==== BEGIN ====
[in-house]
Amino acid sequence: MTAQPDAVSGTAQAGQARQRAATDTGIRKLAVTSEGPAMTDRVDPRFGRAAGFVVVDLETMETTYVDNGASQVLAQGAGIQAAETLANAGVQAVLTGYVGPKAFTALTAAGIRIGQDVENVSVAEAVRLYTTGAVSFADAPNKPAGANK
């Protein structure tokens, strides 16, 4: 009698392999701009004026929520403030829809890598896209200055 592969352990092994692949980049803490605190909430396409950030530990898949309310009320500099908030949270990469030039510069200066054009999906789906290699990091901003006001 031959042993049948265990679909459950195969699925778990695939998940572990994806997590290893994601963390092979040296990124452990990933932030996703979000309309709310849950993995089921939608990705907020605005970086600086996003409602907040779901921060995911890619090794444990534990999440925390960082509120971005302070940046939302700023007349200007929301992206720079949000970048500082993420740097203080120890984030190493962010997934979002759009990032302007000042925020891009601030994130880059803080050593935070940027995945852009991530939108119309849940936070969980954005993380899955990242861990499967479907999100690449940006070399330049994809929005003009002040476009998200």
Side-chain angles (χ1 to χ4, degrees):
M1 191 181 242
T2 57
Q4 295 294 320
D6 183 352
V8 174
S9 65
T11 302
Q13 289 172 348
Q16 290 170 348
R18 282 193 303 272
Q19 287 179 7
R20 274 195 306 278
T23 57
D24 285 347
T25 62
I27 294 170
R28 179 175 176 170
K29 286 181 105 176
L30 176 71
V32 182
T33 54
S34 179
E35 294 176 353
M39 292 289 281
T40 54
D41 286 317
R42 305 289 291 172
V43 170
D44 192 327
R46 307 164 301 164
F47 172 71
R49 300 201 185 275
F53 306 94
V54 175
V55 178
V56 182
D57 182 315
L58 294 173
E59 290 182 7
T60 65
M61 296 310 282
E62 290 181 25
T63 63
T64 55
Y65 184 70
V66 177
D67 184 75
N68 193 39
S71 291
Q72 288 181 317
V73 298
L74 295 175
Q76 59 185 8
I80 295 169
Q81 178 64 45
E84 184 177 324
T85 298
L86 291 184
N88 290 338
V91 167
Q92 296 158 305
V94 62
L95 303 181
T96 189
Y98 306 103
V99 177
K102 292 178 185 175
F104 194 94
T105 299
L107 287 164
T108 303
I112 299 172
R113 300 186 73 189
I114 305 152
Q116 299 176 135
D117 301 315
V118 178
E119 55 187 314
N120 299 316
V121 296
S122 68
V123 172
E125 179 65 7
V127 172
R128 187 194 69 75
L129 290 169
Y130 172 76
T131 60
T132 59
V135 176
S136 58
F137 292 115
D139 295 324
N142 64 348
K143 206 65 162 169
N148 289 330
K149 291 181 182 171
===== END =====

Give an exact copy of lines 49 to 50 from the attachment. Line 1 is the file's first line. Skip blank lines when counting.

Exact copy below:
Y65 184 70
V66 177